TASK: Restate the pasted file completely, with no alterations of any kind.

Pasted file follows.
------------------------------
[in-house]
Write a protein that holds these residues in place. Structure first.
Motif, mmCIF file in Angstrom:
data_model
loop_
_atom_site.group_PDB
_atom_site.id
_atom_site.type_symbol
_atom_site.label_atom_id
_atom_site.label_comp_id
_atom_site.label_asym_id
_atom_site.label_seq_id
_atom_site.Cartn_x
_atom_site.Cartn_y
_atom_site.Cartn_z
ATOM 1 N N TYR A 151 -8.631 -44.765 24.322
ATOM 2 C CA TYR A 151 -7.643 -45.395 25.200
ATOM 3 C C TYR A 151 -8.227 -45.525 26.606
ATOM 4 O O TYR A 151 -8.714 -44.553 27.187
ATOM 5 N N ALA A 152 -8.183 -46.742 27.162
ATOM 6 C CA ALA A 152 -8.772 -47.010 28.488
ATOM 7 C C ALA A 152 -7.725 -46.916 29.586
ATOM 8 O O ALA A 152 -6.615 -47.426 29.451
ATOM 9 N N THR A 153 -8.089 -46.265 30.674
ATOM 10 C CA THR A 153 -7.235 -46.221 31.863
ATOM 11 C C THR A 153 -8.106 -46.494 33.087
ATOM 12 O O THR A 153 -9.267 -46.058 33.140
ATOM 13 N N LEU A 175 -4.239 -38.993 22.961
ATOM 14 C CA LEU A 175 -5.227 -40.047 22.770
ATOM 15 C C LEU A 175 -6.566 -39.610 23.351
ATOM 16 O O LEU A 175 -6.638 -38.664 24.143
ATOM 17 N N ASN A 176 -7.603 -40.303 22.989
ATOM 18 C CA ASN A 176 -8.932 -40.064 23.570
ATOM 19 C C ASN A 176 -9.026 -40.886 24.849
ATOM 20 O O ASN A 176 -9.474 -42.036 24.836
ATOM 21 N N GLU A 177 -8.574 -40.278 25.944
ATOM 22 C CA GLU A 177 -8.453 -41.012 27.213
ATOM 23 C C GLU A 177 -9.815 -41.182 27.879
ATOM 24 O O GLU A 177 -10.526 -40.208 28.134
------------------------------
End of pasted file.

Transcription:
[in-house]
Write a protein that holds these residues in place. Structure first.
Motif, mmCIF file in Angstrom:
data_model
loop_
_atom_site.group_PDB
_atom_site.id
_atom_site.type_symbol
_atom_site.label_atom_id
_atom_site.label_comp_id
_atom_site.label_asym_id
_atom_site.label_seq_id
_atom_site.Cartn_x
_atom_site.Cartn_y
_atom_site.Cartn_z
ATOM 1 N N TYR A 151 -8.631 -44.765 24.322
ATOM 2 C CA TYR A 151 -7.643 -45.395 25.200
ATOM 3 C C TYR A 151 -8.227 -45.525 26.606
ATOM 4 O O TYR A 151 -8.714 -44.553 27.187
ATOM 5 N N ALA A 152 -8.183 -46.742 27.162
ATOM 6 C CA ALA A 152 -8.772 -47.010 28.488
ATOM 7 C C ALA A 152 -7.725 -46.916 29.586
ATOM 8 O O ALA A 152 -6.615 -47.426 29.451
ATOM 9 N N THR A 153 -8.089 -46.265 30.674
ATOM 10 C CA THR A 153 -7.235 -46.221 31.863
ATOM 11 C C THR A 153 -8.106 -46.494 33.087
ATOM 12 O O THR A 153 -9.267 -46.058 33.140
ATOM 13 N N LEU A 175 -4.239 -38.993 22.961
ATOM 14 C CA LEU A 175 -5.227 -40.047 22.770
ATOM 15 C C LEU A 175 -6.566 -39.610 23.351
ATOM 16 O O LEU A 175 -6.638 -38.664 24.143
ATOM 17 N N ASN A 176 -7.603 -40.303 22.989
ATOM 18 C CA ASN A 176 -8.932 -40.064 23.570
ATOM 19 C C ASN A 176 -9.026 -40.886 24.849
ATOM 20 O O ASN A 176 -9.474 -42.036 24.836
ATOM 21 N N GLU A 177 -8.574 -40.278 25.944
ATOM 22 C CA GLU A 177 -8.453 -41.012 27.213
ATOM 23 C C GLU A 177 -9.815 -41.182 27.879
ATOM 24 O O GLU A 177 -10.526 -40.208 28.134